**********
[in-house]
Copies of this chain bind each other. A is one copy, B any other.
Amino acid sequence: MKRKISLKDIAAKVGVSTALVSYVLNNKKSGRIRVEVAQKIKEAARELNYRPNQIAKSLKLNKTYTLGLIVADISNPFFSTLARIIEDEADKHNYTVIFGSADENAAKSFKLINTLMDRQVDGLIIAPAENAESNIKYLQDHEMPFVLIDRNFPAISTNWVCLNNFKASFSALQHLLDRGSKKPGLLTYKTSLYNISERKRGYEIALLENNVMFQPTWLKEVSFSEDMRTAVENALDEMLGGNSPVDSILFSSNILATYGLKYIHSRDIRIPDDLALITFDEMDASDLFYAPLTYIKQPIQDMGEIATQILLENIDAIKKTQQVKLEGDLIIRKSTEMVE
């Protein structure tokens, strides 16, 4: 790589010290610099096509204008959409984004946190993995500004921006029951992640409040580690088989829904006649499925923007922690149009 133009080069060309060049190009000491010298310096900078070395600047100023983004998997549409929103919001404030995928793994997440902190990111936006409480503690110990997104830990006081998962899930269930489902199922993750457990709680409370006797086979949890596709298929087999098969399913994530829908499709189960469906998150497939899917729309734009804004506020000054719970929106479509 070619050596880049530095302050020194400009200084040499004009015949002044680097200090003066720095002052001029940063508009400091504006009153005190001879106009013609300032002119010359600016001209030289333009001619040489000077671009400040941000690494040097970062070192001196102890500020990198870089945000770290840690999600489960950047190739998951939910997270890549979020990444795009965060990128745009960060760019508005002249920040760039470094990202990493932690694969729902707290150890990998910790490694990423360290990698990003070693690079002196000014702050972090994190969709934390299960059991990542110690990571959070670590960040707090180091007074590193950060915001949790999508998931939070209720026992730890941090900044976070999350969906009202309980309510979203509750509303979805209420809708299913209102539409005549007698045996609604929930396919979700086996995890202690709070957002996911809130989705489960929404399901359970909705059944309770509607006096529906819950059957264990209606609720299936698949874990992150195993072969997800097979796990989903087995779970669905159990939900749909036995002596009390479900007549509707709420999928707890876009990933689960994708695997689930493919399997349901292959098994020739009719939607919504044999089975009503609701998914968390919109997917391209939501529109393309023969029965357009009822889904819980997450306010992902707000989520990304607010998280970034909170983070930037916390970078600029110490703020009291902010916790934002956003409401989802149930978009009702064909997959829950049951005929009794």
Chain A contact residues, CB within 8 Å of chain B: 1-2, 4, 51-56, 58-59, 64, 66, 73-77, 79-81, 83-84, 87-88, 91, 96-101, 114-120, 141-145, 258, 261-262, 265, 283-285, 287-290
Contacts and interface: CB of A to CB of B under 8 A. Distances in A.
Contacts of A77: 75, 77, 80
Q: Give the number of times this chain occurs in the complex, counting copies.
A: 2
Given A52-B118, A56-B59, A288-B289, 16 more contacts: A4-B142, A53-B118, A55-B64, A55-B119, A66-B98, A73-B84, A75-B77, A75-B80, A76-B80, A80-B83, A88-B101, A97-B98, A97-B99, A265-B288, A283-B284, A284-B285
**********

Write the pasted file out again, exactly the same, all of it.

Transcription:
[in-house]
Copies of this chain bind each other. A is one copy, B any other.
Amino acid sequence: MKRKISLKDIAAKVGVSTALVSYVLNNKKSGRIRVEVAQKIKEAARELNYRPNQIAKSLKLNKTYTLGLIVADISNPFFSTLARIIEDEADKHNYTVIFGSADENAAKSFKLINTLMDRQVDGLIIAPAENAESNIKYLQDHEMPFVLIDRNFPAISTNWVCLNNFKASFSALQHLLDRGSKKPGLLTYKTSLYNISERKRGYEIALLENNVMFQPTWLKEVSFSEDMRTAVENALDEMLGGNSPVDSILFSSNILATYGLKYIHSRDIRIPDDLALITFDEMDASDLFYAPLTYIKQPIQDMGEIATQILLENIDAIKKTQQVKLEGDLIIRKSTEMVE
């Protein structure tokens, strides 16, 4: 790589010290610099096509204008959409984004946190993995500004921006029951992640409040580690088989829904006649499925923007922690149009 133009080069060309060049190009000491010298310096900078070395600047100023983004998997549409929103919001404030995928793994997440902190990111936006409480503690110990997104830990006081998962899930269930489902199922993750457990709680409370006797086979949890596709298929087999098969399913994530829908499709189960469906998150497939899917729309734009804004506020000054719970929106479509 070619050596880049530095302050020194400009200084040499004009015949002044680097200090003066720095002052001029940063508009400091504006009153005190001879106009013609300032002119010359600016001209030289333009001619040489000077671009400040941000690494040097970062070192001196102890500020990198870089945000770290840690999600489960950047190739998951939910997270890549979020990444795009965060990128745009960060760019508005002249920040760039470094990202990493932690694969729902707290150890990998910790490694990423360290990698990003070693690079002196000014702050972090994190969709934390299960059991990542110690990571959070670590960040707090180091007074590193950060915001949790999508998931939070209720026992730890941090900044976070999350969906009202309980309510979203509750509303979805209420809708299913209102539409005549007698045996609604929930396919979700086996995890202690709070957002996911809130989705489960929404399901359970909705059944309770509607006096529906819950059957264990209606609720299936698949874990992150195993072969997800097979796990989903087995779970669905159990939900749909036995002596009390479900007549509707709420999928707890876009990933689960994708695997689930493919399997349901292959098994020739009719939607919504044999089975009503609701998914968390919109997917391209939501529109393309023969029965357009009822889904819980997450306010992902707000989520990304607010998280970034909170983070930037916390970078600029110490703020009291902010916790934002956003409401989802149930978009009702064909997959829950049951005929009794």
Chain A contact residues, CB within 8 Å of chain B: 1-2, 4, 51-56, 58-59, 64, 66, 73-77, 79-81, 83-84, 87-88, 91, 96-101, 114-120, 141-145, 258, 261-262, 265, 283-285, 287-290
Contacts and interface: CB of A to CB of B under 8 A. Distances in A.
Contacts of A77: 75, 77, 80
Q: Give the number of times this chain occurs in the complex, counting copies.
A: 2
Given A52-B118, A56-B59, A288-B289, 16 more contacts: A4-B142, A53-B118, A55-B64, A55-B119, A66-B98, A73-B84, A75-B77, A75-B80, A76-B80, A80-B83, A88-B101, A97-B98, A97-B99, A265-B288, A283-B284, A284-B285